Boxing Day marriage of Mary De France and William Davy – 1804

Davey marriage

On Boxing Day in 1804 my great great great great grandparents were married. The above image says the following:

‘William Davy, the son of John Davy of the Parish of West Coker in the County of Somerset, & Mary De France, the daughter of Thomas De France, of this Parish (Guernsey), were married together on the 26th of December 1804.’

In this day and age, Boxing Day seems an odd date to marry but there was method in their madness. In the 1800’s, Christmas Day and Boxing Day were official holidays which was quite a big deal in a time when most people were working 6 days a week and more than likely going to church on the 7th day.

Times were hard and with families saving up for the big Christmas celebrations and with the rare opportunity of a few days off many couples took the opportunity of getting married. Family and friends would be gathering together so they could kill two birds with one stone, so to speak.

William and Mary didn’t stay  in Guernsey, as they were in Jersey by 1813 when their daughter Rachel Mary was born. They went on to have 6 children, that I am aware of and both lived till a grand old age.


  • Why was William in Guernsey? This was at the time of the Napoleonic Wars. William came from West Coker, a town  which had a long history of growing hemp and flax for sailcloth manufacture, which made “Coker Canvas” highly prized by naval captains. (Thank you Kelly for this info.)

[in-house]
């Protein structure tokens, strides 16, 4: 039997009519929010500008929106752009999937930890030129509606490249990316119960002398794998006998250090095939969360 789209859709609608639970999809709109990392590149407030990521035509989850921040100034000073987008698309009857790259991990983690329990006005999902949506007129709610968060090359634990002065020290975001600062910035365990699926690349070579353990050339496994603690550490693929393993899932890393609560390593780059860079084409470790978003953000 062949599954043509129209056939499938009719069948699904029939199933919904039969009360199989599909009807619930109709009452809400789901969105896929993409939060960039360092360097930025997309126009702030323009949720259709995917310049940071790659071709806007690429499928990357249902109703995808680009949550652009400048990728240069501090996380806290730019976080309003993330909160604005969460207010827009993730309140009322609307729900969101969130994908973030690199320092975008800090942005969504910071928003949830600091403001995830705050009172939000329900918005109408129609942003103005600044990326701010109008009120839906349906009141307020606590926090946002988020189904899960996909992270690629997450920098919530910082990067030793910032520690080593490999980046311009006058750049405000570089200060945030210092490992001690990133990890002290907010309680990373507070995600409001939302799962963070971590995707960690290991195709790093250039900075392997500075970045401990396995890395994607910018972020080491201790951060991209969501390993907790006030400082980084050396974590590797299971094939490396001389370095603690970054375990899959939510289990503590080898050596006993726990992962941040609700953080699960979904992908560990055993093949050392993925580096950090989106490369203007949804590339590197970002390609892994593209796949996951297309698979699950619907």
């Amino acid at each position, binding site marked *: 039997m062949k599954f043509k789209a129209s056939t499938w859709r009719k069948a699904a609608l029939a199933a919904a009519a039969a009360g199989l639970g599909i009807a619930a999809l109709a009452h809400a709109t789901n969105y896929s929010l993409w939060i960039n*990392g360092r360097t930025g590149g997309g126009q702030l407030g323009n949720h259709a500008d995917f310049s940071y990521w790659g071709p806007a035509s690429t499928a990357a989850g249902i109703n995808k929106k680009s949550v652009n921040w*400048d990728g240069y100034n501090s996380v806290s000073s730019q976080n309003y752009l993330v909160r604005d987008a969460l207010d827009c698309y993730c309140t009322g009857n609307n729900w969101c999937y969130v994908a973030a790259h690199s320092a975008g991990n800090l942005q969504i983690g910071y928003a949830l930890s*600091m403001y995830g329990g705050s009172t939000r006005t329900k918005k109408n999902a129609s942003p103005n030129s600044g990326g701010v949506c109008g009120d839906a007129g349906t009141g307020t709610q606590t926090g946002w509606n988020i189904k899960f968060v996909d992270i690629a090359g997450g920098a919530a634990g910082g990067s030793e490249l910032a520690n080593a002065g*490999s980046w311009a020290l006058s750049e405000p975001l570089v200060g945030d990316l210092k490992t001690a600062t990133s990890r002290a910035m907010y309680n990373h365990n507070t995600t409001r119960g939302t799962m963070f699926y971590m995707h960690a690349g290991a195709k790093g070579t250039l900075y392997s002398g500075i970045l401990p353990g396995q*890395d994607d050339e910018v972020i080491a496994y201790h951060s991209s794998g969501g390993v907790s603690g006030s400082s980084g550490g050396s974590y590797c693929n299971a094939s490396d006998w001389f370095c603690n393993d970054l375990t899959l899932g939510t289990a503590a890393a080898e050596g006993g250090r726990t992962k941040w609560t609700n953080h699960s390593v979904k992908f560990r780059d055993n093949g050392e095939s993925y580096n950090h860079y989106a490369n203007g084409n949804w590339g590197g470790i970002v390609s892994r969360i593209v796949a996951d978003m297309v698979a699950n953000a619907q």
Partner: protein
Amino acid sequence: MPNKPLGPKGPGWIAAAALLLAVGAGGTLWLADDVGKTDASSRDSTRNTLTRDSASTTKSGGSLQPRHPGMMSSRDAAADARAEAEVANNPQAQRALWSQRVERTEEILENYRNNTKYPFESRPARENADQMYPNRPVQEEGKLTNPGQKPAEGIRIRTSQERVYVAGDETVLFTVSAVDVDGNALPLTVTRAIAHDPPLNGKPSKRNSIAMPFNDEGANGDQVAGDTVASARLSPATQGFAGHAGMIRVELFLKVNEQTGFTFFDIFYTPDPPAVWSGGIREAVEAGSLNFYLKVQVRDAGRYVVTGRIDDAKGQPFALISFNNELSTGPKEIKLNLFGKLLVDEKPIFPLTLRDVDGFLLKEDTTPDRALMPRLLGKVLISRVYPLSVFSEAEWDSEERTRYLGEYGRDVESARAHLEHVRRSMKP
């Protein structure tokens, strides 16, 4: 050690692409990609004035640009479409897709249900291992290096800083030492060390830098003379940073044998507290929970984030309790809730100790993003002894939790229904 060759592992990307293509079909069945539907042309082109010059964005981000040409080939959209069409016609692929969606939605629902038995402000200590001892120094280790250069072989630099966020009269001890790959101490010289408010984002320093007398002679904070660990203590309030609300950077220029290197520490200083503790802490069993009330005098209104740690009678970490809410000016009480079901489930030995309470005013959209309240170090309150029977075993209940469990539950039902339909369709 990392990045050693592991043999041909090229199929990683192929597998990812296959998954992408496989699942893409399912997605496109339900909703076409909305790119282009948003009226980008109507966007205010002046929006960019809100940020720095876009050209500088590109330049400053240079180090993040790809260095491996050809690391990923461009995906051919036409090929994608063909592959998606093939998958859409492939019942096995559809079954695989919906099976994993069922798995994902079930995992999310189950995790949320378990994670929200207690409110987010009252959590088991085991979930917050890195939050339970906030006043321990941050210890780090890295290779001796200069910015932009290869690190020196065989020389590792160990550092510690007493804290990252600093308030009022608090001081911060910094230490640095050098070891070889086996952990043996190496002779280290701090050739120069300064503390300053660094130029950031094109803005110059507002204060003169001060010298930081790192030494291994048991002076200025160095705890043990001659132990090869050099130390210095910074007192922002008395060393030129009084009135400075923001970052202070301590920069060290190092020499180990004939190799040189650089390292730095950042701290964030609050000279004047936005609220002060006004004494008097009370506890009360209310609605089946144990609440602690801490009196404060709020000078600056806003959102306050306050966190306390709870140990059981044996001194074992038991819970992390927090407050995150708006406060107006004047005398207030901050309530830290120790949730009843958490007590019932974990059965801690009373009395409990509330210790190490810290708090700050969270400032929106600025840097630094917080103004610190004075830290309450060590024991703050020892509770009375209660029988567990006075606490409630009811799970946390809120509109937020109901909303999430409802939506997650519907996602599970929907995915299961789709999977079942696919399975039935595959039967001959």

• Why did they move to Jersey? Jersey had it’s own rope walks. Was there a shortage of ropemakers in the islands?

If you know the answer to either of these questions or you are related to William or Mary I would love to hear from you.

Happy Boxing Day and if you are getting married today, ‘Congratulations!’


  1. Did William have any military connections? If he was a rope maker maybe he’d gone to the Channel Islands to make rope for the military… The Channel Islands were seen as a an obvious target for Napoleon to invade, after all, he invaded just about the whole of Europe by the early 1800s, and Britain was standing alone following their victory at Trafalgar. Britain sent a strong military presence to both Jersey and Guernsey during the 1800s following a recruitment drive primarily aimed at the poorer areas of the mainland – just a though.

    1. Hi Adrian,
      I am currently unaware if William had military connections. Thank you for this more detailed information about this period in time, it helps with putting the clues together! 🙂

  2. My own great grandfather was a recruit from Fulham. He signed up for the 57th Regt of Foot and was sent to Jersey as a part of their defence force and also to undergo his training before being sent to Spain to fight in the Peninsular Wars a few years later. He then retired to Jersey after he was pensioned out of the army.

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